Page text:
Ship stuck at port in St. Maarten called on St. Thomas 2 days earlier
Published: March 15, 2013
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ST. THOMAS - The plight of the Carnival Dream cruise ship, which left St. Thomas on Tuesday and is now stuck in St. Maarten with a failed generator, raises questions about what effect recent cruise ship disasters will have on the territory's tourism industry.
The mega ship, which can has a passenger capacity of more than 3,600, calls on St. Thomas every other week and is next scheduled to visit March 26.
WICO President and Chief Executive Officer Joseph Boschulte said that the Dream's itinerary for next week has been cancelled, but Carnival has not yet determined whether the itinerary for the following week will be affected.
If the Dream misses just one port call to St. Thomas, the territory could lose between $600,000 and $700,000 in fees, taxes and passenger spending, Boschulte said.
"So, it's significant to our economy for a ship of that size not calling," he said.
Boschulte said the president of Carnival, Gerry Cahill, spoke at Cruise Shipping Miami - formerly known as SeaTrade - earlier this week.
The cruise ship industry finds itself in a precarious situation following a number of problems plaguing cruise ships in the last few years.
Last month, a fire in the engine room of the Carnival Triumph left the ship adrift in the Gulf of Mexico for days. Passengers described horrible conditions with sewage seeping through the walls, food shortages, and power outages.
In January 2012, the Costa Concordia struck a rock off the coast of Italy and slowly flooded, listed onto its starboard side and partially sank. All but 32 of the 3,229 passengers and 1,023 crew members aboard were rescued, and to date 30 bodies have been recovered and two others are missing and presumed dead.
At Seatrade, Cahill addressed the recent Triumph disaster as well as the 2010 fire on board the Carnival Splendor, Boschulte said.
"In his comments, he did make mention that the cruise line was preparing for the future and taking precautions," Boschulte said. "From our perceptive, this is another dent in the armor of the cruise ship industry."
"When the president spoke, he was very concerned with the situation, and they know that the future is going to be testy, and having another incident happen this soon after the Triumph is not good," Boschulte said.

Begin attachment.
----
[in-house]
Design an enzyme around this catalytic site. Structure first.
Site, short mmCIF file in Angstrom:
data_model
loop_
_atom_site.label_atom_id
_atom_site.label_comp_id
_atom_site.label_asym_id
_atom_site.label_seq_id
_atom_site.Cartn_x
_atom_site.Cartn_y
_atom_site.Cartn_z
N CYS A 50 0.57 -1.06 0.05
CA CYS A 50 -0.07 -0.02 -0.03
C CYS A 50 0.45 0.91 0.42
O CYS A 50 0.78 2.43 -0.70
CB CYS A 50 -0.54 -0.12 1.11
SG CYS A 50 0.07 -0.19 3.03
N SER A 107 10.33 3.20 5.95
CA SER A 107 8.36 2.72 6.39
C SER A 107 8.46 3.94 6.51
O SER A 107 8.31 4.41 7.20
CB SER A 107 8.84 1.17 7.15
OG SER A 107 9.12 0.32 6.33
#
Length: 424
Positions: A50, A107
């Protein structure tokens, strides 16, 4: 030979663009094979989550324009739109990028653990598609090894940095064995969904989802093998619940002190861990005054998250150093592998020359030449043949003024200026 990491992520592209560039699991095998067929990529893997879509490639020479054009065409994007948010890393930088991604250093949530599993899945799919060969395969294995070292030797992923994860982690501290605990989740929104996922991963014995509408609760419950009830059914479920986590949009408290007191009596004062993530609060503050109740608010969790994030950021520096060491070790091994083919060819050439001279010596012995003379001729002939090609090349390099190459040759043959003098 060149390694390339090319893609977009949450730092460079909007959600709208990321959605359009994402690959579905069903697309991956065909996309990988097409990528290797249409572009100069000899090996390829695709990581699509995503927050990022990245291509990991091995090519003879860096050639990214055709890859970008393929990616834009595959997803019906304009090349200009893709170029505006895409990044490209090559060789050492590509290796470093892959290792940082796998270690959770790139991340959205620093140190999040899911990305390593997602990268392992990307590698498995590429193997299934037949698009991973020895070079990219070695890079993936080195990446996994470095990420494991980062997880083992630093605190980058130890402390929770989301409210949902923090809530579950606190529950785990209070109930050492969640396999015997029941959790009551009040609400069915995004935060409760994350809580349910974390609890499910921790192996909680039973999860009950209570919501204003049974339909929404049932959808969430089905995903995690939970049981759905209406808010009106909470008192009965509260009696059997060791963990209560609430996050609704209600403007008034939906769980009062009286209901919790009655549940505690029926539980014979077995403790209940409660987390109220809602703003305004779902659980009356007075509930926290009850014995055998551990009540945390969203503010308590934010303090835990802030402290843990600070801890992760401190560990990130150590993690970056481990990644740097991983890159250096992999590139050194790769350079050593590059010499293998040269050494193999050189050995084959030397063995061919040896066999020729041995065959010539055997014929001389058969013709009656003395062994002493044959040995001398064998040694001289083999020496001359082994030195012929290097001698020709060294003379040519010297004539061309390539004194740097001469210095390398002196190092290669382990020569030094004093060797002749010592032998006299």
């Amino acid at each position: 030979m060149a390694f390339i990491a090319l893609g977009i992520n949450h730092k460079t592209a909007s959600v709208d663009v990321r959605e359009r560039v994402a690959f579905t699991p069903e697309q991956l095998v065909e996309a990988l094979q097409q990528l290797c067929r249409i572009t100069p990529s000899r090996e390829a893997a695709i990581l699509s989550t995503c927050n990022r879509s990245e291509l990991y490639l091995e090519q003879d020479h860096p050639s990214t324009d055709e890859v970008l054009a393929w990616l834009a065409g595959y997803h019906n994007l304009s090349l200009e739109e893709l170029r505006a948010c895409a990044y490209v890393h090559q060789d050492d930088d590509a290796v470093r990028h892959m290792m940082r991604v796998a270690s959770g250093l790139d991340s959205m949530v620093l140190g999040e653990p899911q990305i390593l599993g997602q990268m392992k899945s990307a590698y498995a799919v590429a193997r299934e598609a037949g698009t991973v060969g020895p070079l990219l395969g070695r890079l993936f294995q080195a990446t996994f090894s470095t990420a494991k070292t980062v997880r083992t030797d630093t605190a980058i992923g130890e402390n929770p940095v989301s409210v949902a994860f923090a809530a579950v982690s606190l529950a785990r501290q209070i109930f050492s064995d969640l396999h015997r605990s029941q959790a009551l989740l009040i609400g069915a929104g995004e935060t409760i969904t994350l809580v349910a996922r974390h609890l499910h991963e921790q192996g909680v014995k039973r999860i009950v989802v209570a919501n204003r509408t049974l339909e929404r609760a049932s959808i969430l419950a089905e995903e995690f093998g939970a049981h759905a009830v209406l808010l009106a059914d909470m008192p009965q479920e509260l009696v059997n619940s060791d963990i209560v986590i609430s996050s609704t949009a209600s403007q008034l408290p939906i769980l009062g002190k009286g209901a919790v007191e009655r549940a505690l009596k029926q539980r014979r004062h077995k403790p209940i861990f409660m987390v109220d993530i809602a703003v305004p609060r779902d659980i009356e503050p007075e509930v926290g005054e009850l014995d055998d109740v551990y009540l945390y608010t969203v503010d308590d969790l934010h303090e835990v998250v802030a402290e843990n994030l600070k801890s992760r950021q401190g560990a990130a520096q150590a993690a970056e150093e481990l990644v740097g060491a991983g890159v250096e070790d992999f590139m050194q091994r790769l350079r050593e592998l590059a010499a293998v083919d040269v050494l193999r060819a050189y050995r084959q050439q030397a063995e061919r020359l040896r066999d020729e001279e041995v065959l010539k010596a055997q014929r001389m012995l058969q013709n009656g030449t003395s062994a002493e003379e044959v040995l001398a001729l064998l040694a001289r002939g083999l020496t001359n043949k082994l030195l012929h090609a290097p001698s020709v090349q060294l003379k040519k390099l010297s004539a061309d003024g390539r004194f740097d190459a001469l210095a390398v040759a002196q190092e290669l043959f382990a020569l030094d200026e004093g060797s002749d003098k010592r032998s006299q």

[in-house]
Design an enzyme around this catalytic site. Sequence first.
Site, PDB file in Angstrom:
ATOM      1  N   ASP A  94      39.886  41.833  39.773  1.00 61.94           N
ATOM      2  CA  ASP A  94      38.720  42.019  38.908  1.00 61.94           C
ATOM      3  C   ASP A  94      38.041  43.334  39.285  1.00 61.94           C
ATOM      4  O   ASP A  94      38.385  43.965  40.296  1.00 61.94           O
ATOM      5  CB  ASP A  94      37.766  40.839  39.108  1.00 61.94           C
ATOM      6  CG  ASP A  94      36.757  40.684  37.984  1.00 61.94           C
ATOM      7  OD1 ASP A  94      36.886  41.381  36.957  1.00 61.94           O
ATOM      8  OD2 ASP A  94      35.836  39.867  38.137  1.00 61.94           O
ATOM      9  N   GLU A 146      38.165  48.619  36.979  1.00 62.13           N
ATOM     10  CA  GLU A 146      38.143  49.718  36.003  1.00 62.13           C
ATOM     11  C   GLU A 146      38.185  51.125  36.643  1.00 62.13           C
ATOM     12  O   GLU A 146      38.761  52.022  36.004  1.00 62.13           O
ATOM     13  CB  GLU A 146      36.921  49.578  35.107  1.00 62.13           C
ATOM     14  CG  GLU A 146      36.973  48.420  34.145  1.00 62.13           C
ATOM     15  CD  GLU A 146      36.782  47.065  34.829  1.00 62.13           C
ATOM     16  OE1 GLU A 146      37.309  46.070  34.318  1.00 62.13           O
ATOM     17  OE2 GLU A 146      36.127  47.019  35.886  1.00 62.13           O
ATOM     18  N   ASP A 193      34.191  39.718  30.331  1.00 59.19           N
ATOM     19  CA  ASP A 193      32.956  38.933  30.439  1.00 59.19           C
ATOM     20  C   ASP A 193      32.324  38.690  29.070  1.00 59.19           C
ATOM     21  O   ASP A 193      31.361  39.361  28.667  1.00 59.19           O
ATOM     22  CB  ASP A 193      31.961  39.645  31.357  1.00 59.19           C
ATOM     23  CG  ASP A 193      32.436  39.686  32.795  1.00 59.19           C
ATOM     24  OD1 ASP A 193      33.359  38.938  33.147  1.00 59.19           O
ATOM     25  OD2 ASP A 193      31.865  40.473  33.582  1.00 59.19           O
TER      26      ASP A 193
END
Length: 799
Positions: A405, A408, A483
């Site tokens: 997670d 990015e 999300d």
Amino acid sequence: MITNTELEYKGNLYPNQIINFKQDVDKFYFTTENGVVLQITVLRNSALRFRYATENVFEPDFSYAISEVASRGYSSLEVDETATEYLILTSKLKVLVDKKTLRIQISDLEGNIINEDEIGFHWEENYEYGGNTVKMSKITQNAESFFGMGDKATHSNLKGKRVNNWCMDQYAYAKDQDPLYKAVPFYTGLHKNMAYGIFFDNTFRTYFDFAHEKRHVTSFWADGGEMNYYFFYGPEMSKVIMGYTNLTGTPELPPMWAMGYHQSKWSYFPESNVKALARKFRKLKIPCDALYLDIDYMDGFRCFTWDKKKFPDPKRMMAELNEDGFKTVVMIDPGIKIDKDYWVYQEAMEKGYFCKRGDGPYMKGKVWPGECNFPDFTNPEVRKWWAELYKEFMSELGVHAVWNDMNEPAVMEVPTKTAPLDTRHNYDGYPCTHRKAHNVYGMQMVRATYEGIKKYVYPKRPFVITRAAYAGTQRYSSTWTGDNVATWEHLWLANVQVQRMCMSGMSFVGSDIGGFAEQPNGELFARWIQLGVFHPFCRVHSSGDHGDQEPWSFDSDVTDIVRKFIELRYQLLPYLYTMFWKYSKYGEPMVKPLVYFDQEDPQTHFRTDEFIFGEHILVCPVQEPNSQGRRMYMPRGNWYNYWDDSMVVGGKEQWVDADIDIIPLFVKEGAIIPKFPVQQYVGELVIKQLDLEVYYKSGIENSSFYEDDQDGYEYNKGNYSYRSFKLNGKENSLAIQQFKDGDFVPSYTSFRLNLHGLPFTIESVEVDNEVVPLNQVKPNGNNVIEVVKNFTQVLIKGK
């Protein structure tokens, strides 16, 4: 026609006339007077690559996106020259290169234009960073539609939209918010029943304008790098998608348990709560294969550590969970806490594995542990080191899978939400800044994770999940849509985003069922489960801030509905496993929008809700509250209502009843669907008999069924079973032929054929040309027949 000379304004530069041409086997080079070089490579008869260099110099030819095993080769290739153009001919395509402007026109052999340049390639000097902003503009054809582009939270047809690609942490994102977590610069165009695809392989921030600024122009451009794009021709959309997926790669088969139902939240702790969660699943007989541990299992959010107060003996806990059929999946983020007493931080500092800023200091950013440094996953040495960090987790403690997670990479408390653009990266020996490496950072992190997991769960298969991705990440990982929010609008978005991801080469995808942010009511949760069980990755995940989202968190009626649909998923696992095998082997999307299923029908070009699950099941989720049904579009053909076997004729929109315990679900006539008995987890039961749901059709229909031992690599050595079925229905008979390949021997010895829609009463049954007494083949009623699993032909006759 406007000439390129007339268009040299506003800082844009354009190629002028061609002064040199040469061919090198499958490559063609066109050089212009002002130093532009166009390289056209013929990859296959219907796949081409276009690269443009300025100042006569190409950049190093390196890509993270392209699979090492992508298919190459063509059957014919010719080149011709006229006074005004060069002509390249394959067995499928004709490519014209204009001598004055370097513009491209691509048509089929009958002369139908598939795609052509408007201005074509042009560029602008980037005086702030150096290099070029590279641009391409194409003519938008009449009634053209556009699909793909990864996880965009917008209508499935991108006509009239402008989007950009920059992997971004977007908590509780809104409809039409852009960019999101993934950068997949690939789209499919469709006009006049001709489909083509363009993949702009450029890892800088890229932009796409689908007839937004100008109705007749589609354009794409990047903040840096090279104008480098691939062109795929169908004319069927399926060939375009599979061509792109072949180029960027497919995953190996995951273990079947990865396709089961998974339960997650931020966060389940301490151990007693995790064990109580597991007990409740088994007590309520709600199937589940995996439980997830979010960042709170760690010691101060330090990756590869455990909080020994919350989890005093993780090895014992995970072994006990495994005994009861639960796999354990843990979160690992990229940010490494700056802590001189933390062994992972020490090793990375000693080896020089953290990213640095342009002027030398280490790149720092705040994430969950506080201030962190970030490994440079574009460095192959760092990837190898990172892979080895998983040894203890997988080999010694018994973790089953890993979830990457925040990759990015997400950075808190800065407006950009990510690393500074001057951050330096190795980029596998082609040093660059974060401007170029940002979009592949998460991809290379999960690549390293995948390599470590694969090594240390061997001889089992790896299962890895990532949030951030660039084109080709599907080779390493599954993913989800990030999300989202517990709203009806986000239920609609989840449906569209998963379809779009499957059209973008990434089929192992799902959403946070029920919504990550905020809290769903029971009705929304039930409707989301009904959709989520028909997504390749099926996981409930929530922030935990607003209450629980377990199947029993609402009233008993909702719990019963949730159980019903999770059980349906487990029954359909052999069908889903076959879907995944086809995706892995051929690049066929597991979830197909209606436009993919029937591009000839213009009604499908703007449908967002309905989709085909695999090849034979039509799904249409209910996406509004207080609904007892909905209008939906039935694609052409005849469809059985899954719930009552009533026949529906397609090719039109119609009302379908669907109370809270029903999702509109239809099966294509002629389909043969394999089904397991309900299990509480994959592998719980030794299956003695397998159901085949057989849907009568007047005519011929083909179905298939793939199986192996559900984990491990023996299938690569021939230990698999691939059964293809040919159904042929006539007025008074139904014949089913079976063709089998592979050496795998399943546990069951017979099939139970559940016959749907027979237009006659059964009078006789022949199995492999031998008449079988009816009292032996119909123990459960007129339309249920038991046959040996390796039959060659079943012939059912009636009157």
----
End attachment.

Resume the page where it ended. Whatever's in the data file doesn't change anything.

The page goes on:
Carnival is WICO's largest customer, so if travelers start turning away from cruising or even just from booking Carnival sailings, it will have a big impact on WICO and the territory as a whole, Boschulte said.
"We clearly are concerned with the outlook," he said. "We need the ships to come, but we need them to come full."
WICO is using the Dream's situation in St. Maarten as a learning experience.
As St. Maarten officials work with Carnival to get the Dream's passengers off the ship and on planes back home, Boschulte said his staff is reviewing its safety and emergency protocols in case a similar situation was to take place on St. Thomas.
"Four thousand people have to fly out of St. Maarten," he said. "Where do all these people go? Where do they stay? How do you make it happen?
"At least this time you're not adrift at sea," Boschulte said, referring to the Triumph, which was powerless in the water for five days while it was towed back to shore.
The problems with the Dream's generators occurred while it was in port at St. Maarten.
V.I. Tourism spokeswoman Allegra Kean-Moorehead said it is too soon to know whether the recent incidents will have long-term impacts on the cruise industry or the territory's tourism revenue.
"I can't speculate on that. I really don't know how that will affect people's perspective of cruising," she said. "It's definitely an unfortunate experience for the cruise industry, the passengers and everyone involved. I hope it won't deter people from traveling."
- Contact reporter Aldeth Lewin at 714-9111 or email email@example.com.